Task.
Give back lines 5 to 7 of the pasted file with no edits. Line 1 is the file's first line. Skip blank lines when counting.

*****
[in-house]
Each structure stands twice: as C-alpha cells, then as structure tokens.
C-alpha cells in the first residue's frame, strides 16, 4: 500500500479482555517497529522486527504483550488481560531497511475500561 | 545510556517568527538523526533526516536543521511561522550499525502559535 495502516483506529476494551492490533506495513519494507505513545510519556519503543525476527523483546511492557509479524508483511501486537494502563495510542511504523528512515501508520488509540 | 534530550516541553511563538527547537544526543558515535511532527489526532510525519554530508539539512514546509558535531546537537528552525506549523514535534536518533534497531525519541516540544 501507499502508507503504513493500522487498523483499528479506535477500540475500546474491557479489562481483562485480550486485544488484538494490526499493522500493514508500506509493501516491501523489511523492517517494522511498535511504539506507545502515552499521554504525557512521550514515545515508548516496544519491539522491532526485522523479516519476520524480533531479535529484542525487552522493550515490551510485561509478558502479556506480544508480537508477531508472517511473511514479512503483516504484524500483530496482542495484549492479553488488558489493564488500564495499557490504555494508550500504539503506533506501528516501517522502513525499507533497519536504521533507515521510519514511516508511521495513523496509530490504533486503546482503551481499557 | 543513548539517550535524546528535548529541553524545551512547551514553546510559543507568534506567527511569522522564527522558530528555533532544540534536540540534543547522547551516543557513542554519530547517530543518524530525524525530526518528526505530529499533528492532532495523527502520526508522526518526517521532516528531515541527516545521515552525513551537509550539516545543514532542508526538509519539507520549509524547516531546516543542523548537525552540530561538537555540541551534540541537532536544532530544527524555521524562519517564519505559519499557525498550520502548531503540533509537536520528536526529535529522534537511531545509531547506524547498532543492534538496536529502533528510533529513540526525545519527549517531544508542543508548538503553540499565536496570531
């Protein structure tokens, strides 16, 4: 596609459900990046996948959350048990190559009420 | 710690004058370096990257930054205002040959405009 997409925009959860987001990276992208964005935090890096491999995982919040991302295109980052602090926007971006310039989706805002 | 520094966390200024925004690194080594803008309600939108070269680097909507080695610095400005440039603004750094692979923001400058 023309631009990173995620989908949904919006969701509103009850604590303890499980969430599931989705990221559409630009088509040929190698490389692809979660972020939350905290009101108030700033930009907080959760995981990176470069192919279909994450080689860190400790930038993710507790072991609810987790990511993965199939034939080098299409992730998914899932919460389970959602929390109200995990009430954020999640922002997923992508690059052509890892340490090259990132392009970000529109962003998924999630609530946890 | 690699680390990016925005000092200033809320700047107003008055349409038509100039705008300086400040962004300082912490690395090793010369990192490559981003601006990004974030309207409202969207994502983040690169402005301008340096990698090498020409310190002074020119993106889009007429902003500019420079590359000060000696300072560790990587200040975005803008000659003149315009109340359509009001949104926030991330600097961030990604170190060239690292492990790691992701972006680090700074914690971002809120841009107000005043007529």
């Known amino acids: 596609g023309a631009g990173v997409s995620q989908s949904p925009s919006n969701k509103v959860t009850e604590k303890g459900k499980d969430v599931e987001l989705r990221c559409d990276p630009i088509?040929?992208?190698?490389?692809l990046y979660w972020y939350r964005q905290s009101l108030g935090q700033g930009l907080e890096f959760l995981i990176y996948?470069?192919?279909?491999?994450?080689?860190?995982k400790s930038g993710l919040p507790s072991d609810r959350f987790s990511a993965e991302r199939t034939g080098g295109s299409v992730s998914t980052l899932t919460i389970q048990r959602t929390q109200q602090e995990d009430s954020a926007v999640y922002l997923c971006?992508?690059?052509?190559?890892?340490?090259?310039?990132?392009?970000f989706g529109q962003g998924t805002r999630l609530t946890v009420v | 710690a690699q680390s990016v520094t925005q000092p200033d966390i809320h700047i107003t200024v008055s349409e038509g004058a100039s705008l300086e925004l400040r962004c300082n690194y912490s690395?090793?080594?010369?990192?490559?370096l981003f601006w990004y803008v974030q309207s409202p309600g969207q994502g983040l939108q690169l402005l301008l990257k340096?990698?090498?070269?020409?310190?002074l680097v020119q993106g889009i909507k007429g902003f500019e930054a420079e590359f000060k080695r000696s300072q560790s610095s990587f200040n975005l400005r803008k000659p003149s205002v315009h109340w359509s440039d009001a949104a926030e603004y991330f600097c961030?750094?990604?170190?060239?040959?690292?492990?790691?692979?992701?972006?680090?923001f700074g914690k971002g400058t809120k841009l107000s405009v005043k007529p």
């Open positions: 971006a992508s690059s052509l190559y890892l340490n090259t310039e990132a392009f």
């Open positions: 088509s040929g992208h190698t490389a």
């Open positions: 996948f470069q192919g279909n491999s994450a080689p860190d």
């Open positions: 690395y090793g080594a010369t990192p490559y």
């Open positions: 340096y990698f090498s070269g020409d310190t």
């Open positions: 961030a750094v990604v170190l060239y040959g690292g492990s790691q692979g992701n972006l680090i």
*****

């Known amino acids: 596609g023309a631009g990173v997409s995620q989908s949904p925009s919006n969701k509103v959860t009850e604590k303890g459900k499980d969430v599931e987001l989705r990221c559409d990276p630009i088509?040929?992208?190698?490389?692809l990046y979660w972020y939350r964005q905290s009101l108030g935090q700033g930009l907080e890096f959760l995981i990176y996948?470069?192919?279909?491999?994450?080689?860190?995982k400790s930038g993710l919040p507790s072991d609810r959350f987790s990511a993965e991302r199939t034939g080098g295109s299409v992730s998914t980052l899932t919460i389970q048990r959602t929390q109200q602090e995990d009430s954020a926007v999640y922002l997923c971006?992508?690059?052509?190559?890892?340490?090259?310039?990132?392009?970000f989706g529109q962003g998924t805002r999630l609530t946890v009420v | 710690a690699q680390s990016v520094t925005q000092p200033d966390i809320h700047i107003t200024v008055s349409e038509g004058a100039s705008l300086e925004l400040r962004c300082n690194y912490s690395?090793?080594?010369?990192?490559?370096l981003f601006w990004y803008v974030q309207s409202p309600g969207q994502g983040l939108q690169l402005l301008l990257k340096?990698?090498?070269?020409?310190?002074l680097v020119q993106g889009i909507k007429g902003f500019e930054a420079e590359f000060k080695r000696s300072q560790s610095s990587f200040n975005l400005r803008k000659p003149s205002v315009h109340w359509s440039d009001a949104a926030e603004y991330f600097c961030?750094?990604?170190?060239?040959?690292?492990?790691?692979?992701?972006?680090?923001f700074g914690k971002g400058t809120k841009l107000s405009v005043k007529p």
């Open positions: 971006a992508s690059s052509l190559y890892l340490n090259t310039e990132a392009f």
């Open positions: 088509s040929g992208h190698t490389a």